May 1966 Popular Electronics
Table of Contents
Wax nostalgic about and learn from the history of early electronics. See articles
published October 1954 - April 1985. All copyrights are hereby acknowledged.
Popular Electronics printed in April 1966 its first notice of new frequency units to be used beginning with the June edition. The May issue included this piece titled, "Comes the Revolution - or - '40 Million Frenchmen Can't Be Wrong'." Predictably, not everyone liked it. With the June issue came the promised change and along with it the first in a series of reader responses. I also found a reader's opinion from the August issue as well. Evidently, not everyone wanted to honor Heinrich Hertz by naming the base unit of frequency in his honor.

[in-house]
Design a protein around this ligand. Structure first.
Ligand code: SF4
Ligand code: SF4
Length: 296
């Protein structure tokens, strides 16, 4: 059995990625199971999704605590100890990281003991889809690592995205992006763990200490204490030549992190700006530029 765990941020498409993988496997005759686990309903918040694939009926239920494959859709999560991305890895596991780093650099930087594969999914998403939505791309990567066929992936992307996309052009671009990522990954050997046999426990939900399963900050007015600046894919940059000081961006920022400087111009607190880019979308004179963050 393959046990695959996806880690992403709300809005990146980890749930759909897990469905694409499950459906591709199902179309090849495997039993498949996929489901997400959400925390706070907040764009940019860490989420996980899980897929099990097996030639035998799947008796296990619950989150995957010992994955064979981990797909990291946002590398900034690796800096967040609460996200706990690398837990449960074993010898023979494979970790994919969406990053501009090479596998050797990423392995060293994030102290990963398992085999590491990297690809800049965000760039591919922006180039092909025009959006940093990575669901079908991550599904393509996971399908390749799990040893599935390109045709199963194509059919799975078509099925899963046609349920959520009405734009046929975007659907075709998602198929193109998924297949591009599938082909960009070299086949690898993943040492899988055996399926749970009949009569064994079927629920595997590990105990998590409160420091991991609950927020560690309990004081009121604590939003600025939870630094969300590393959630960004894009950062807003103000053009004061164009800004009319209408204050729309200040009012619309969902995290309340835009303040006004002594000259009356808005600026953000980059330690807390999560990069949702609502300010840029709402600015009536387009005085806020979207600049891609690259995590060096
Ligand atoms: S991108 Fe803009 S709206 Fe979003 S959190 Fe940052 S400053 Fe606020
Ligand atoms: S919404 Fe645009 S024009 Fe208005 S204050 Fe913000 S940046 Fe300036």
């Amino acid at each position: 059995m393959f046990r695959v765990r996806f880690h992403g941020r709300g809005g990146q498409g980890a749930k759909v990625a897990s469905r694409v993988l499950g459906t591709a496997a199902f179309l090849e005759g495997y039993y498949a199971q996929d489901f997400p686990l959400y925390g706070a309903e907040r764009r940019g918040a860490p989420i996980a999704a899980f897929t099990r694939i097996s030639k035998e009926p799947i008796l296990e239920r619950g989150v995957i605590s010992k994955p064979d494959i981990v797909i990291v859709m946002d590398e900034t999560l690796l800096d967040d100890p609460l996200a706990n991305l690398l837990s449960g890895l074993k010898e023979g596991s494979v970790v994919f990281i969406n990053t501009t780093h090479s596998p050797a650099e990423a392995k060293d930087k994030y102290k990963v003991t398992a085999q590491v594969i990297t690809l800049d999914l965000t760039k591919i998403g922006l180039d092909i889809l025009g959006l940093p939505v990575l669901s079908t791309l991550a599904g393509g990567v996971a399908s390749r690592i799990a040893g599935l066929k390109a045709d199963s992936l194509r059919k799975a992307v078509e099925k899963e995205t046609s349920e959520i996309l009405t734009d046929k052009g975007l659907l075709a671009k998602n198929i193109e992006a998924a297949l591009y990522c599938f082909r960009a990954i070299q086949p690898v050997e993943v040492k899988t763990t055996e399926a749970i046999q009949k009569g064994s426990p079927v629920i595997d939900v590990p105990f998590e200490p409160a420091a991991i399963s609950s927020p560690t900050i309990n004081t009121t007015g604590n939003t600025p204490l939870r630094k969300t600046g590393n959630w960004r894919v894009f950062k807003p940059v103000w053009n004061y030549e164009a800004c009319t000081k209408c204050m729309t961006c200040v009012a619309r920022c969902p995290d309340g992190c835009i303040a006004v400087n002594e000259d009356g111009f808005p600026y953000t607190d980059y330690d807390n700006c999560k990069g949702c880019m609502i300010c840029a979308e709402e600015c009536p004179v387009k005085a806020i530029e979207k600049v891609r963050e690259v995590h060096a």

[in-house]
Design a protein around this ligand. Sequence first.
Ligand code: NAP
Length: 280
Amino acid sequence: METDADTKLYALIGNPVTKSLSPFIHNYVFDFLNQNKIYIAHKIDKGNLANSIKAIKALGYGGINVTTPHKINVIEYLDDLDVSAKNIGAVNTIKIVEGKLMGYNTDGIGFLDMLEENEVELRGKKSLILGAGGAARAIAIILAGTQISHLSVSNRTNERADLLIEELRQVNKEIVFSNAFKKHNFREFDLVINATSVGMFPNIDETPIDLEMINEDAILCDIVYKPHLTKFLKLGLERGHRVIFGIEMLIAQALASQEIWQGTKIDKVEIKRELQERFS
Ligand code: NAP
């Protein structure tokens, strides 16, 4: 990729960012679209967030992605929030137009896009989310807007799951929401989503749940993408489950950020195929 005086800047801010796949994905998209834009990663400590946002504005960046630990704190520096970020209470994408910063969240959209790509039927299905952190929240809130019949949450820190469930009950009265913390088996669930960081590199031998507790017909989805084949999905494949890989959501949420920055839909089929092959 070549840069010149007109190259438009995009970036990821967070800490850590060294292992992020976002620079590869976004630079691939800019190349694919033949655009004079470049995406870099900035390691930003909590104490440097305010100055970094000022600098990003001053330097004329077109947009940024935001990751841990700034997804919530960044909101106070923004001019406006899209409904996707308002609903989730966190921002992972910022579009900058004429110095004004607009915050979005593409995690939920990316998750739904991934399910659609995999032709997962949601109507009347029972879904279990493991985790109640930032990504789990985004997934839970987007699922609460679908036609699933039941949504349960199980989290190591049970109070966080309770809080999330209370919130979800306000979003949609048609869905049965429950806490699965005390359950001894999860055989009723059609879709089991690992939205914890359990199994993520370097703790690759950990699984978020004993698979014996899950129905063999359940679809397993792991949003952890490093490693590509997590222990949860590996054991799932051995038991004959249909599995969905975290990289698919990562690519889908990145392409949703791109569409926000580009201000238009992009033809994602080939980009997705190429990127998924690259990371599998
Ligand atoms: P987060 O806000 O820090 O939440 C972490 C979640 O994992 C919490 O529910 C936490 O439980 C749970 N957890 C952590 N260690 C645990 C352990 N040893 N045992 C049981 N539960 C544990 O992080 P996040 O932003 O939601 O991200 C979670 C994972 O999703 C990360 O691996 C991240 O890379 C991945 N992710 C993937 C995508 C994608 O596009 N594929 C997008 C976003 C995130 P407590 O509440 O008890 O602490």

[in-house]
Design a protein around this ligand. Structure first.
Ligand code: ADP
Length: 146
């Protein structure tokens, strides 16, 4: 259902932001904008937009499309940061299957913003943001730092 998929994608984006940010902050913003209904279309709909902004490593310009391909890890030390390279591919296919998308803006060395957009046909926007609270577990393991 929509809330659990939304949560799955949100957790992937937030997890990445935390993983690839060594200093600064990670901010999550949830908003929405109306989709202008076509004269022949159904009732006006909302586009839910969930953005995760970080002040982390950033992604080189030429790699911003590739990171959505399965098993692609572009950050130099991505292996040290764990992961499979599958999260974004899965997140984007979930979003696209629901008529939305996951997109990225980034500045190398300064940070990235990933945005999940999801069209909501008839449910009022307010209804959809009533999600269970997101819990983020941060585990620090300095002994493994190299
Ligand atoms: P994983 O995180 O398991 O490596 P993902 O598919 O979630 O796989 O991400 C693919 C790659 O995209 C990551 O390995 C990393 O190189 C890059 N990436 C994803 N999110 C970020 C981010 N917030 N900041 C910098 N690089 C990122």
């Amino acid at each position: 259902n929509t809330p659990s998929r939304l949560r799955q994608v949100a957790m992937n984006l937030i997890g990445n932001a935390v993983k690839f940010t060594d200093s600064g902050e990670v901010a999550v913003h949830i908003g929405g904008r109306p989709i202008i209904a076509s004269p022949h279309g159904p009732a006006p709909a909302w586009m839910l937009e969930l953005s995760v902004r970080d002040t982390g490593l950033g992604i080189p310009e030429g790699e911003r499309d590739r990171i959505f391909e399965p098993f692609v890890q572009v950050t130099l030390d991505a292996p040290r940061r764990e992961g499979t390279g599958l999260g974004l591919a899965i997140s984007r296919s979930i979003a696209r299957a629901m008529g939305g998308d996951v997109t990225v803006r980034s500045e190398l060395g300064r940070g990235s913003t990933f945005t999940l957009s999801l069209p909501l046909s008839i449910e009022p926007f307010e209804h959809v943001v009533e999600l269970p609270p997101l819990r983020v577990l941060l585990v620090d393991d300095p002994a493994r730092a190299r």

Comes the Revolution - or - "40 Million Frenchmen Can't Be Wrong"
In any case, you can thank or blame the French for the metric system. It was during their revolution that they devised this simple system which uses only three basic units: grams, liters, and meters. Yes, it really is simple, if you compare it to the more than 75 different units used in the U.S.A.: inches, feet, yards, rods, miles, pints, quarts, gallons, bushels, tons, etc. Counting money is easy because we use decimals to point out pennies, dimes, and dollars, and so it is in the metric system with its milli's, deci's, kilo's, mega's, etc.
Except for a few major countries, such as Australia, Canada, South Africa, and the U.S.A., most of the world uses the metric system. Our annual dollar losses on foreign trade run into the billions because we are not on the metric system. Costs of engineering time spent in converting English to metric and metric to English run as high as $500 million a year.
It may take a generation before the big change is made, but in the meantime, Popular Electronics is swinging over from cycles to hertz in the June issue (see "Old World Standards Breaking Through," April, 1966, page 28) in keeping with the rest of the electronics industry.
All references to frequency next month will be in accordance with the table below:
Posted July 24, 2018